488 – 443 MILLION: ORDOVICIAN
- 86% of species lost
- diversity of life increases, fish are the first true vertebrates;
- O2 68 % of modern level;
- mean surface temperature 2 °C above modern level;
- sea level 180m above present day, rising to 220 m and falling sharply to 140 m in end-Ordovician glaciation;
- 100 times as many meteorites struck the Earth per year during the Ordovician compared with today;
- Appalachians first formed, Laurentia and Gondwana hover near equator, wide shallow seas; climate warm but later cools;
- First life on land – primitive liverwort plants and fungi;
- The period ends in ice age and extinction.
|Name||Diameter (km)||Age (megayears)||Dating method||Morphological type||Notes|
|James River, Alberta||4.8||<480||Geological dating||PROBABLE Complex||No surface expression|
|Clearwater East, Quebec||26||~460–470||Rb-Sr melt rocks||CONFIRMED Complex||Chondrite-type|
|Calvin, Michigan||7.24||450 ± 10||Geological dating||CONFIRMED Complex|
|Pilot Lake, North West Territories||6||445 ± 2||K-Ar, 40Ar/39Ar and Rb-Sr||CONFIRMED Complex||Dating based on one sample|
|Bear Swamp, New York||3.5||~444||Geological dating||PROBABLE Simple||No surface expression|
|Glasford, Illinois||~4||443.8-485.4||Geological dating||CONFIRMED Complex||Shattercones, shock metamorphism|
~450 Ma – ORDOVICIAN EXTINCTION
86% of species lost — Graptolite 2-3 cm length
Graptolites, like most Ordovician life, were sea creatures. They were filter-feeding animals and colony builders. Their demise over about a million years was probably caused by a short, severe ice age that lowered sea levels, possibly triggered by the uplift of the Appalachians. The newly exposed silicate rock sucked CO2 out of the atmosphere, chilling the planet.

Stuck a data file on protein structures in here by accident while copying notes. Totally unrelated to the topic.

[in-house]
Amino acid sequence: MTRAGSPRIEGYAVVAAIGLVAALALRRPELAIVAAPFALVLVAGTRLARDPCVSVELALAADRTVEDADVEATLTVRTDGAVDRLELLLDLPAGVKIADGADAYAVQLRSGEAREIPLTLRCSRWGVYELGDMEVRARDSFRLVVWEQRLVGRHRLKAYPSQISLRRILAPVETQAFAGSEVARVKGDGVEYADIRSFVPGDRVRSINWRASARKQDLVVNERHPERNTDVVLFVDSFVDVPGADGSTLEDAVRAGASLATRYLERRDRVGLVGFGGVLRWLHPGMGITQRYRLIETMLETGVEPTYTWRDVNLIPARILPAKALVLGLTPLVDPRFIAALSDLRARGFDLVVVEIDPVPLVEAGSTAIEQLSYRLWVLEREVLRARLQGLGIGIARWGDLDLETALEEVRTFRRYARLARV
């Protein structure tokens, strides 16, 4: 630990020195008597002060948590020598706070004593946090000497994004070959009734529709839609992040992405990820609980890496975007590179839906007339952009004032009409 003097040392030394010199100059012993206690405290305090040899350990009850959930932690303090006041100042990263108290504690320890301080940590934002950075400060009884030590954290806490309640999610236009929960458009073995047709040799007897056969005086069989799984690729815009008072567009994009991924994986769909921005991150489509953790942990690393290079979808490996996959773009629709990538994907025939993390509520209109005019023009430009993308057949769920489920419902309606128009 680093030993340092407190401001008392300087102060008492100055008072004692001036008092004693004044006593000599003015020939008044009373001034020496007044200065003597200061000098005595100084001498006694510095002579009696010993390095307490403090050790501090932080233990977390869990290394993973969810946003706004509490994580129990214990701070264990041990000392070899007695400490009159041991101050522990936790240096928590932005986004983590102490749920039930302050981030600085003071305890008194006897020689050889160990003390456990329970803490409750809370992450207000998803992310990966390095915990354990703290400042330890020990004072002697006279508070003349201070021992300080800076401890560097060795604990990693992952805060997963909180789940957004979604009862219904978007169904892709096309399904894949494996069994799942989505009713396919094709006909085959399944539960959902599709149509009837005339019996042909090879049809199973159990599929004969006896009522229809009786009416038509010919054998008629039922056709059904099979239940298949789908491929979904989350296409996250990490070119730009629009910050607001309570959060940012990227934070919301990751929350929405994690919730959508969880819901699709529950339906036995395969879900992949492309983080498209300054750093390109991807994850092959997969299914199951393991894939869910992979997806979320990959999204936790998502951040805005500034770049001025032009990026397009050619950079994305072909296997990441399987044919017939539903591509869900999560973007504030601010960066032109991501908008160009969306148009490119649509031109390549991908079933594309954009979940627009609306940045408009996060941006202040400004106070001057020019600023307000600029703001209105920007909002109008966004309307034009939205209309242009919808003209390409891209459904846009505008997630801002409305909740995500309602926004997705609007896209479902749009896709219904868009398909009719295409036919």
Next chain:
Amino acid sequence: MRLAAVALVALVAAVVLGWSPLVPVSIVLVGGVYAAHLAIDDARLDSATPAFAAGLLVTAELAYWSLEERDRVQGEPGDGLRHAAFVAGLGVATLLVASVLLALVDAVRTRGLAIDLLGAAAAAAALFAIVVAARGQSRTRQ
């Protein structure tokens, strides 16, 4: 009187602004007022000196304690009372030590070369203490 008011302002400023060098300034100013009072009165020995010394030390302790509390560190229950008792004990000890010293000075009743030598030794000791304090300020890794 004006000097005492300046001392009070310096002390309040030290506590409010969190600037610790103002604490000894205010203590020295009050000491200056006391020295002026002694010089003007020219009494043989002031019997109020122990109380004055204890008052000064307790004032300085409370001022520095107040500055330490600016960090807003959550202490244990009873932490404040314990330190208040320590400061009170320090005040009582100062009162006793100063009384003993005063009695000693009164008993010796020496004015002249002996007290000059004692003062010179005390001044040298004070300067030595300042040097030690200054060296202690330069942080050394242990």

Jens Ormö, Erik Sturkell, Carl Alwmark & Jay Melosh
ABSTRACT: Approximately 470 million years ago one of the largest cosmic catastrophes occurred in our solar system since the accretion of the planets. A 200-km large asteroid was disrupted by a collision in the Main Asteroid Belt, which spawned fragments into Earth crossing orbits. This had tremendous consequences for the meteorite production and cratering rate during several millions of years following the event. The 7.5-km wide Lockne crater, central Sweden, is known to be a member of this family. We here provide evidence that Lockne and its nearby companion, the 0.7-km diameter, contemporaneous, Målingen crater, formed by the impact of a binary, presumably ‘rubble pile’ asteroid. This newly discovered crater doublet provides a unique reference for impacts by combined, and poorly consolidated projectiles, as well as for the development of binary asteroids.
Paleogeography of Baltica and neighboring cratons at the time of the increased cosmic bombardment following the ~470 Ma asteroid breakup event illustrating the resulting known craters (red dots). Clearwater East is dated to this event (~460–470 Ma). Light blue color represents areas of shallow epicontinental seas, and dark blue areas of deep ocean. This distribution may, however, have varied somewhat due to periodical transgressions and regressions of the sea. The timeline documents the related meteorite falls (black dot and line).